Instead of coating the resistor with an epoxy, it’s hermetically sealed in a lustrous little glass envelope. This makes the resistor more robust, ideal for specialized cases such as precision reference instrumentation, where long-term stability of the resistor is critical. The glass envelope provides better isolation against moisture and other environmental changes than standard coatings like epoxy.

15-Turn Trimmer Potentiometer

A photo of a blue chip
A photo of a blue chip on a circuit board.

It takes 15 rotations of an adjustment screw to move a 15-turn trimmer potentiometer from one end of its resistive range to the other. Circuits that need to be adjusted with fine resolution control use this type of trimmer pot instead of the single-turn variety.

The resistive element in this trimmer is a strip of cermet—a composite of ceramic and metal—silk-screened on a white ceramic substrate. Screen-printed metal links each end of the strip to the connecting wires. It’s a flattened, linear version of the horseshoe-shaped resistive element in single-turn trimmers.

Turning the adjustment screw moves a plastic slider along a track. The wiper is a spring finger, a spring-loaded metal contact, attached to the slider. It makes contact between a metal strip and the selected point on the strip of resistive film.

Ceramic Disc Capacitor

A cutaway of a Ceramic Disc Capacitor
A photo of a Ceramic Disc Capacitor

Capacitors are fundamental electronic components that store energy in the form of static electricity. They’re used in countless ways, including for bulk energy storage, to smooth out electronic signals, and as computer memory cells. The simplest capacitor consists of two parallel metal plates with a gap between them, but capacitors can take many forms so long as there are two conductive surfaces, called electrodes, separated by an insulator.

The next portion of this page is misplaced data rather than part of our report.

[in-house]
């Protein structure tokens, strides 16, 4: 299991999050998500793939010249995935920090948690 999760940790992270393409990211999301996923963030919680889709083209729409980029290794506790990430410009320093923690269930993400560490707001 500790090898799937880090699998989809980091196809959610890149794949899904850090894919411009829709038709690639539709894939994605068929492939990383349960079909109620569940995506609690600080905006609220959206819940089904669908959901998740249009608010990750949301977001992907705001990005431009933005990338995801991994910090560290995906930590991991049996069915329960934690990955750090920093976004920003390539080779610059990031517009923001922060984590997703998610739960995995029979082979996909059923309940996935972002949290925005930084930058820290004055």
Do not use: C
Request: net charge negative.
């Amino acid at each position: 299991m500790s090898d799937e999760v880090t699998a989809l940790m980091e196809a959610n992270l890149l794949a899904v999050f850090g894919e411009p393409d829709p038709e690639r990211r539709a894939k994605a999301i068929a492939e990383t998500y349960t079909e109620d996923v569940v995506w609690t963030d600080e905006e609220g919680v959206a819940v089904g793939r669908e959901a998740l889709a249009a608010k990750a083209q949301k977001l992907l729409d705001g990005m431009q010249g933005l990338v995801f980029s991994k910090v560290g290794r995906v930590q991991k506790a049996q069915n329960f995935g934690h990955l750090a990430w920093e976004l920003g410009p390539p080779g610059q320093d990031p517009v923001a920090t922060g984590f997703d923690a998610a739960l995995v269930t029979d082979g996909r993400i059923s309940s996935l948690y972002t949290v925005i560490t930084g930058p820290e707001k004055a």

A ceramic disc capacitor is a low-cost capacitor that is frequently found in appliances and toys. Its insulator is a ceramic disc, and its two parallel plates are extremely thin metal coatings that are evaporated or sputtered onto the disc’s outer surfaces. Connecting wires are attached using solder, and the whole assembly is dipped into a porous coating material that dries hard and protects the capacitor from damage.

Film Capacitor

An image of a cut away of a capacitor
A photo of a green capacitor.

Film capacitors are frequently found in high-quality audio equipment, such as headphone amplifiers, record players, graphic equalizers, and radio tuners. Their key feature is that the dielectric material is a plastic film, such as polyester or polypropylene.

The metal electrodes of this film capacitor are vacuum-deposited on the surfaces of long strips of plastic film. After the leads are attached, the films are rolled up and dipped into an epoxy that binds the assembly together. Then the completed assembly is dipped in a tough outer coating and marked with its value.